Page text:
How does a pipe work in Linux?

If you want to redirect the output of one program into the input of another, just use a simple pipeline:

program1 arg arg | program2 arg arg

If you want to save the output of program1 into a file and pipe it into program2, you can use tee(1):

program1 arg arg | tee output-file | program2 arg arg

All programs in a pipeline are run simultaneously. Most programs typically use blocking I/O: if when they try to read their input and nothing is there, they block: that is, they stop, and the operating system de-schedules them to run until more input becomes available (to avoid eating up the CPU). Similarly, if a program earlier in the pipeline is writing data faster than a later program can read it, eventually the pipe’s buffer fills up and the writer blocks: the OS de-schedules it until the pipe’s buffer gets emptied by the reader, and then it can continue writing again.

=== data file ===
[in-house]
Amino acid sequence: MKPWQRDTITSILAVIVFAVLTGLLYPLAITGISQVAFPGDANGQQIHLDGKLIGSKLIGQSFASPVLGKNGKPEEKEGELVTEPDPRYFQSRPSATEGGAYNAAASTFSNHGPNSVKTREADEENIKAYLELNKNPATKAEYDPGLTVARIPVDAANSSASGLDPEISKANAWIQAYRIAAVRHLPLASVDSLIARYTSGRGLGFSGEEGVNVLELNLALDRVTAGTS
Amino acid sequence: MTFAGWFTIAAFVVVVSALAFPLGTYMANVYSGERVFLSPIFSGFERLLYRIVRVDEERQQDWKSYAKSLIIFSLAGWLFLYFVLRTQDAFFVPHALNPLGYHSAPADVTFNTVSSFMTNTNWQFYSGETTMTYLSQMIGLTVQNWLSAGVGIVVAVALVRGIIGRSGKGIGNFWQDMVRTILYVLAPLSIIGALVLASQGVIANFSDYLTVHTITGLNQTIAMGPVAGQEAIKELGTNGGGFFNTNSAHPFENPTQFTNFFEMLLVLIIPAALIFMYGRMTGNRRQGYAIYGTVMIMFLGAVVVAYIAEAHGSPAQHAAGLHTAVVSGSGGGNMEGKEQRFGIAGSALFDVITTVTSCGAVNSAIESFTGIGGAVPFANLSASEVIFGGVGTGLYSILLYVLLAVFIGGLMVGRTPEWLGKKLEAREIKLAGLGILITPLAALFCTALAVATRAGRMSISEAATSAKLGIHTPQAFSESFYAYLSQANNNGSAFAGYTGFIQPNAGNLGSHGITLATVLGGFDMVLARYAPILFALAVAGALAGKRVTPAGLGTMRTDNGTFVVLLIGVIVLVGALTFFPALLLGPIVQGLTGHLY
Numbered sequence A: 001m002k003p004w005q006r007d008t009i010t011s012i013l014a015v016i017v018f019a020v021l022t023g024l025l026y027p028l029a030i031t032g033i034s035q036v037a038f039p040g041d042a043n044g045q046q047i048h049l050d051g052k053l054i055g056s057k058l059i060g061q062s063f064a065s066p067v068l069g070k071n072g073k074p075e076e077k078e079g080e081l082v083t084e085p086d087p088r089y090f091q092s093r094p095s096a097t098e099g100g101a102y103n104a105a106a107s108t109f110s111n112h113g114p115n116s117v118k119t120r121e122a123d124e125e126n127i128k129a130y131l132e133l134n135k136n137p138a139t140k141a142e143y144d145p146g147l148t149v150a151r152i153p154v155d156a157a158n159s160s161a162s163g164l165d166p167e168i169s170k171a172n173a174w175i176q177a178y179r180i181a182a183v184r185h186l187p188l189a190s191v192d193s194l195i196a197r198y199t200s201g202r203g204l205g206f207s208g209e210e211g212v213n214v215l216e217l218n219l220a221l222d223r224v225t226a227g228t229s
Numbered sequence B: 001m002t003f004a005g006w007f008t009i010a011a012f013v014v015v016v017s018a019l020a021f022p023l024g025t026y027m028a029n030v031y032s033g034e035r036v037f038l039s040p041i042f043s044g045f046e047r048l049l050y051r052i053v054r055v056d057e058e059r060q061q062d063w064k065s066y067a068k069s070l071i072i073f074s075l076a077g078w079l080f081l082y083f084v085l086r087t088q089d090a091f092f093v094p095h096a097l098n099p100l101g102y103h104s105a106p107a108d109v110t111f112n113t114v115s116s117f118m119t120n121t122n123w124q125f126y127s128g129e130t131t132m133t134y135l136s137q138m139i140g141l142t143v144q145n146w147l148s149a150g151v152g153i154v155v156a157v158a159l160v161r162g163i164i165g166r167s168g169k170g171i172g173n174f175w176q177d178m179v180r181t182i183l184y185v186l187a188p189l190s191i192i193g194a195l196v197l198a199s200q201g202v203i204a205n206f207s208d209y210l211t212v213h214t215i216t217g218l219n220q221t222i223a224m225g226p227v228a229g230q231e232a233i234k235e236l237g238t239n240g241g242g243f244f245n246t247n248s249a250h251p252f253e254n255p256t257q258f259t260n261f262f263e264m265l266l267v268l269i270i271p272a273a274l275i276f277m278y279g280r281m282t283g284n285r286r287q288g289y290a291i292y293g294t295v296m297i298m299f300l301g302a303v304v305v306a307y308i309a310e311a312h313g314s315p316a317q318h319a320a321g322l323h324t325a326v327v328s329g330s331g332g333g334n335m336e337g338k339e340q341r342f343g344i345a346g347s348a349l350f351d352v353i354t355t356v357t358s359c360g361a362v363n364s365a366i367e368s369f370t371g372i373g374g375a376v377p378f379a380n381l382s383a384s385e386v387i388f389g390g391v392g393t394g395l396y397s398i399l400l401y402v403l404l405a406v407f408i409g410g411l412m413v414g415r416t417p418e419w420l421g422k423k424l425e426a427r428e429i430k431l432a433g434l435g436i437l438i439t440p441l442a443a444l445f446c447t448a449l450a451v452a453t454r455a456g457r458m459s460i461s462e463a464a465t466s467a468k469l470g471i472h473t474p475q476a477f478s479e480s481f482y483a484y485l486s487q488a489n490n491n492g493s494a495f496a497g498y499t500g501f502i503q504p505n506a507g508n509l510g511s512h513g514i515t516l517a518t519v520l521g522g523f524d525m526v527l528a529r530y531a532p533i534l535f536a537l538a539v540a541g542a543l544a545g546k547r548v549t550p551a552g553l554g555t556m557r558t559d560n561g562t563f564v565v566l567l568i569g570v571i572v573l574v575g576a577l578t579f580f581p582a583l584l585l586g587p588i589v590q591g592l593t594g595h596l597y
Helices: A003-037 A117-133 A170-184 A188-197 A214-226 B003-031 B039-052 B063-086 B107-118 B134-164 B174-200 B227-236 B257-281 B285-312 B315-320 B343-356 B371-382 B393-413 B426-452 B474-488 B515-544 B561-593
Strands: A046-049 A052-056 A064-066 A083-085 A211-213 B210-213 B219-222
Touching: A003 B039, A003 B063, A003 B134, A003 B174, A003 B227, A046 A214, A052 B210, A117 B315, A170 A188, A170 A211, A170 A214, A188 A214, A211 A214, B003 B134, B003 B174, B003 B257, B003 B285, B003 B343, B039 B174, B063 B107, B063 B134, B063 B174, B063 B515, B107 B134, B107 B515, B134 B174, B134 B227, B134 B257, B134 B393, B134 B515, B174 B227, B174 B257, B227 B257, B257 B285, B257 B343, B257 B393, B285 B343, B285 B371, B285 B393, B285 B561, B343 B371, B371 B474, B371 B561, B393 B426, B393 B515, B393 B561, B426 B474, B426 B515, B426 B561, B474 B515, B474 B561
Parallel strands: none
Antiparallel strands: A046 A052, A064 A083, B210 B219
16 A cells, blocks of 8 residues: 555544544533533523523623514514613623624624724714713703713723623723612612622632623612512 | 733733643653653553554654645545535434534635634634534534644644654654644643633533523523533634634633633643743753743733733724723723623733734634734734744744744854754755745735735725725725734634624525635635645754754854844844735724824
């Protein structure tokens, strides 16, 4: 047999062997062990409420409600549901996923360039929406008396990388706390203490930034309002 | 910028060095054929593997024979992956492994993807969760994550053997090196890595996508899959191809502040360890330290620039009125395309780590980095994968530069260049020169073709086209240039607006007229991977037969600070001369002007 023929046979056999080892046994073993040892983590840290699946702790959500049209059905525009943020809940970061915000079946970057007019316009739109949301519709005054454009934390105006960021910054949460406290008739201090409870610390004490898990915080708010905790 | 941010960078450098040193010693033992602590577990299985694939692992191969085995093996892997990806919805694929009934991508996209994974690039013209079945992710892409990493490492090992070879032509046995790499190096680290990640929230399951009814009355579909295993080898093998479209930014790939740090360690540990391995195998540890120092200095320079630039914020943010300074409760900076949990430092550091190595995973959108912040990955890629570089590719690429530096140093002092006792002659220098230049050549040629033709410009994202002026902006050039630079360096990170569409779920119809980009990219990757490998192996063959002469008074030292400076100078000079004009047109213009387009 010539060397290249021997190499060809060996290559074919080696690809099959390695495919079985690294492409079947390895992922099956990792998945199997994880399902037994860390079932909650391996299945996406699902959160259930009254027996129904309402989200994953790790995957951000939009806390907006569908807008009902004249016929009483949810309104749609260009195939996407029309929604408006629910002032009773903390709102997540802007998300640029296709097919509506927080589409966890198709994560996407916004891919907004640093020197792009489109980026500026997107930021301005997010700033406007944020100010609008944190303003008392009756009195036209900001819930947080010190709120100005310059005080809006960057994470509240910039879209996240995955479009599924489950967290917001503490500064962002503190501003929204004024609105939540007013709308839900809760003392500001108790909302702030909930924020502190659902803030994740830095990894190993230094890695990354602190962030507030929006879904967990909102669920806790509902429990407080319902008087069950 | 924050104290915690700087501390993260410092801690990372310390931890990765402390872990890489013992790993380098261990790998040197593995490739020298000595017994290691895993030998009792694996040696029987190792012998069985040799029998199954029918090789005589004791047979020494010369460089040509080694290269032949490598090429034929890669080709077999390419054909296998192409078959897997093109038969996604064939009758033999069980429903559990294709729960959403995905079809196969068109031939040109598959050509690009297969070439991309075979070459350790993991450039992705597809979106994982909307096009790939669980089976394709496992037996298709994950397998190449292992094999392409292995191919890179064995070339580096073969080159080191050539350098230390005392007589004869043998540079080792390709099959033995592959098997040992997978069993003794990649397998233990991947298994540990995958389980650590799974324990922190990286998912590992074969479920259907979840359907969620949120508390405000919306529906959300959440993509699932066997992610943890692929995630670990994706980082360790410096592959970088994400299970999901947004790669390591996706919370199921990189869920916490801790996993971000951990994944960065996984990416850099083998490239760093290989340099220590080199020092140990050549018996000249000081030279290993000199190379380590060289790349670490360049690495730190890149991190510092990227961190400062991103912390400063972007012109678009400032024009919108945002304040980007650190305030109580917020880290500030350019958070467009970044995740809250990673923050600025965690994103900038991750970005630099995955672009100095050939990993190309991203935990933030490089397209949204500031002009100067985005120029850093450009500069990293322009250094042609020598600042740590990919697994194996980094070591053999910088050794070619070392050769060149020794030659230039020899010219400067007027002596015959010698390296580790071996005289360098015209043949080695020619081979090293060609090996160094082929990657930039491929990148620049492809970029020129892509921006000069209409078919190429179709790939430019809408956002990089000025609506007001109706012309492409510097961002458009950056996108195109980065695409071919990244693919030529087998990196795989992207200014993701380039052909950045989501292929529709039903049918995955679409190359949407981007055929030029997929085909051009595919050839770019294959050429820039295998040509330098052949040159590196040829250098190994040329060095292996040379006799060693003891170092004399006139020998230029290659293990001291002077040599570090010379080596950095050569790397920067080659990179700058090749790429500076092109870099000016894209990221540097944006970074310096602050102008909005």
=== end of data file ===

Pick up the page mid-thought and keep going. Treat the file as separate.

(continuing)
If you want to use the output of program1 as the command-line parameters, you can use the backquotes or the $() syntax:

# Runs "program1 arg", and uses the output as the command-line arguments for
# program2
program2 `program1 arg`

# Same as above
program2 $(program1 arg)

The $() syntax should be preferred, since they are clearer, and they can be nested.

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